T-800 finally meets Marcus Wright. Arnold Schwarzenegger, Sam Worthington, Olivia Williams and Academy Award nominee Terrence Howard star in David Ayer’s Sabotage.
Cast of Characters:
John “Breacher” Wharton – Arnold Schwarzenegger
James “Monster” Murray – Sam Worthington
Investigator Caroline Brentwood – Olivia Williams
Julius “Suger” Edmonds – Terrence Howard
Joe “Grinder” Phillips – Joe Manganiello
Eddie “Neck” Jordan – Josh Holloway
Lizzy Murray – Mireille Enos
Director – David Ayer
Screenplay – Skip Woods & David Ayer
Producer – Bill Block, David Ayer, Ethan Smith, Paul Hanson & Palak Patel
Rated R for strong bloody violence, pervasive language, some sexuality/nudity and drug use
Down in Georgia, John “Breacher” Wharton (Arnold Schwarzenegger) leads a DEA task force, each member with their own obligatory, hardcore nickname – among them are Monster (Sam Worthington), Sugar (Terrence Howard), Grinder (Joe Manganiello) and Neck (Josh Holloway). They’re on a mission to stop a ruthless drug cartel, but after a successful raid, one that involves millions of dollars allegedly being stolen by someone in the task force, things begin to go downhill for them.
While investigated by Caroline Brentwood (Olivia Williams) for their “whodunit” within the raid, it starts getting dicey for Breacher and his task force as, one by one, members get picked off and all those surviving are pinned as potential suspects.
Aside from the Expendables films where he had significantly smaller roles, Arnold Schwarzenegger recently got back into the lead acting game with 2013’s The Last Stand and Escape Plan. The former was okay fun, while the latter, also starring Sylvester Stallone,was whatever. Regardless of whether his post-governor films were good or not, they were all box office bombs. That’s a shame considering there was a time when Arnie was quite the box office draw with moviegoers, but those days are past. However, I’m still pulling for Mr. Terminator himself to have a comeback on his own terms and not just in the Expendables films.
Sabotage is proof that we’ll still be waiting for that comeback. Holy hell, what a God awful mess of a film.
Co-written and directed by David Ayer, Sabotage is dark, gritty and brutal in the worst ways possible. Ayer’s written great films before such as Training Day and the criminally underrated films Dark Blue and End of Watch (which he also directed). He’s also been involved in some crap, having directed Street Kings, so combined with some other not-so-stellar writing efforts, his career has been hit or miss. How bad does a film have to be, though, to get me to miss Street Kings?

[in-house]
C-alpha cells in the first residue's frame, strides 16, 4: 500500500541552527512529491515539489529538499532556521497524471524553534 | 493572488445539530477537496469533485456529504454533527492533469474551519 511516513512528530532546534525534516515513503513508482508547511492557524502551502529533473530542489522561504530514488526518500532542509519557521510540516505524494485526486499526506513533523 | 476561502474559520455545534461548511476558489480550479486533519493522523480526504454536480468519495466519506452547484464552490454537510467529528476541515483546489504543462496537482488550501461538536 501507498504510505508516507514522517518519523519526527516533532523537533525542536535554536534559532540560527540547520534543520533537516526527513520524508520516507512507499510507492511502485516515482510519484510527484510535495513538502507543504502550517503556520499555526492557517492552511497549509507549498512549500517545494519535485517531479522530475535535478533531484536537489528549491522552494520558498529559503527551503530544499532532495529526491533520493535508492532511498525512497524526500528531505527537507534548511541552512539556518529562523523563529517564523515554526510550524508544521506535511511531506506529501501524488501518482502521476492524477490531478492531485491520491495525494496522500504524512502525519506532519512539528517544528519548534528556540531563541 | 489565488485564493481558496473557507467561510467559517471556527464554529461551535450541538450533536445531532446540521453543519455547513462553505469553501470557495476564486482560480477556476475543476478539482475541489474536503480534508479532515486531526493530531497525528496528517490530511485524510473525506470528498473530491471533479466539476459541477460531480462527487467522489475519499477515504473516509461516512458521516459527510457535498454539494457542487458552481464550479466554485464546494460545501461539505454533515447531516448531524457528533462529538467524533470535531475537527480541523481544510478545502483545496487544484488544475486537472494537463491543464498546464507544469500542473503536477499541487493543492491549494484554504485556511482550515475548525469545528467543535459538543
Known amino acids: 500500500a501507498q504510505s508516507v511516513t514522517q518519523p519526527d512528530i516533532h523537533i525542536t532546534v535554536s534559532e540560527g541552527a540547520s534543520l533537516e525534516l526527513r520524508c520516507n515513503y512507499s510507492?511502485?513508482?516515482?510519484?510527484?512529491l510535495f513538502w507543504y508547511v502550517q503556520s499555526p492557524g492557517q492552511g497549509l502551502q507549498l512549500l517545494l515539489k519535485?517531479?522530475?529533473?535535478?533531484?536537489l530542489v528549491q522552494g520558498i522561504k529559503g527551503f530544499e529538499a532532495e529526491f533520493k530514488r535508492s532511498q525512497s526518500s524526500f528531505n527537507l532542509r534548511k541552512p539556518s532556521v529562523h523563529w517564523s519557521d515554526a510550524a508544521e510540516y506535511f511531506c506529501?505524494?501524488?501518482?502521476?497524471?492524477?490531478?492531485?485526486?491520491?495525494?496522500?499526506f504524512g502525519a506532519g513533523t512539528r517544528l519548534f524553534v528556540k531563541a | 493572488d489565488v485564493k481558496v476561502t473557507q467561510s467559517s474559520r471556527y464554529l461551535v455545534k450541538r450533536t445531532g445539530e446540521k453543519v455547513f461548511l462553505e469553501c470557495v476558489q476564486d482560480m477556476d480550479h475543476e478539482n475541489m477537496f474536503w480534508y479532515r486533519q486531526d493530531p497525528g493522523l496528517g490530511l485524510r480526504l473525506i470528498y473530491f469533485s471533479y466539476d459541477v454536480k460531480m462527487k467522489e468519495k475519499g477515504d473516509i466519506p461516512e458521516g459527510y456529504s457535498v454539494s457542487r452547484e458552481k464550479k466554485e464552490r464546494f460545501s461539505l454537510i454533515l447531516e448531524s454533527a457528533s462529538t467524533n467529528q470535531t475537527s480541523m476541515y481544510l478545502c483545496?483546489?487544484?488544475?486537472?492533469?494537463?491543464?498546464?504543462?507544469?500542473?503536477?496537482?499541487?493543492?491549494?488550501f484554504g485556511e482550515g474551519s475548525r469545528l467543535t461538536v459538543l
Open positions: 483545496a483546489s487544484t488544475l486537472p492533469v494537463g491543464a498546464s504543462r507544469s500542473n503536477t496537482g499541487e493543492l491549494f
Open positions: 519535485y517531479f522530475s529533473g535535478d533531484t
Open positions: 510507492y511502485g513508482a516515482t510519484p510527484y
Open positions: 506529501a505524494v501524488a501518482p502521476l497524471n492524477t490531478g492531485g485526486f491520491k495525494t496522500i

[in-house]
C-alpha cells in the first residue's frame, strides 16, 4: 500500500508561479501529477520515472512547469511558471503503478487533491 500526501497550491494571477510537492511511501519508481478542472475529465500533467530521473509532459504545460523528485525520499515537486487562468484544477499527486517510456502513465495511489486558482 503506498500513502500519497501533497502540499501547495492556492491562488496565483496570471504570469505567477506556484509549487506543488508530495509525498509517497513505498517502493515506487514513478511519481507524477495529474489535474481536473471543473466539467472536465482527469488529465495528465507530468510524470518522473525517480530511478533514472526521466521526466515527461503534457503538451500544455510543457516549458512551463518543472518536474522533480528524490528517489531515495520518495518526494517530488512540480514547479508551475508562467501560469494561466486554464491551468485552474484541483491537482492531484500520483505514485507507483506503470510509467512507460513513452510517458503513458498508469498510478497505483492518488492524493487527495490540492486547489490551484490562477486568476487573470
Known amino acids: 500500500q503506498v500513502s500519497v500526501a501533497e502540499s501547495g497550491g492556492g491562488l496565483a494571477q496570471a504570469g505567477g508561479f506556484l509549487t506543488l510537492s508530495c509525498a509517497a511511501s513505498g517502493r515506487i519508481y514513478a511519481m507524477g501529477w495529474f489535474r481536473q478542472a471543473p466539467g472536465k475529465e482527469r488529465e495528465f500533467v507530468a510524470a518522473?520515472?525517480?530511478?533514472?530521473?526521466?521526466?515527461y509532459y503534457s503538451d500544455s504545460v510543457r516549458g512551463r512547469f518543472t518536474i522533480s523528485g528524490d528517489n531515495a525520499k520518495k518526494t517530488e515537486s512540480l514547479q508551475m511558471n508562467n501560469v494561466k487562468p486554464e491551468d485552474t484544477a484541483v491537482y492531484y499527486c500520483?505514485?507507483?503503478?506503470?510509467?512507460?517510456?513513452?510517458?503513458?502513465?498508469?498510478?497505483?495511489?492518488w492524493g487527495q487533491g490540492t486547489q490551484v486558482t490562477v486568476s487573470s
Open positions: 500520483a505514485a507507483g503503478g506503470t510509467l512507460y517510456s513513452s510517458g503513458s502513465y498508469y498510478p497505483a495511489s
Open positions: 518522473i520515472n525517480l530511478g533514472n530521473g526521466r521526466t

Yes, a film that showed the world just how badly Keanu Reeves needs the Matrix universe and not the other way around.
In a nutshell, Sabotage is about a team of DEA Agents, that no one can care about ’cause there’s nothing to them, stuck in a “one of us is the real bad guy” scenario, that once again no one can care about ’cause there’s no emotion or sense of danger involved, with the violence ratcheted up to max that serves no purpose in style or substance ’cause it’s just there simply to show the next dead victim that pops up out of nowhere. While the previews made this film out to look like we were in store for some gritty, bloody fun, what we end up getting is a dull, emotionless, gruesome dog turd with gaping plot holes big enough to house Noah, his family and all the animals playing on the screen next to you that you wish you were watching instead of this stinking pile of diarrhea.
Schwarzenegger is capable of delivering fun. Ayer is capable of delivering fun. Something wrong must’ve happened along the way, ’cause this film’s as fun as a root canal without the Novocain.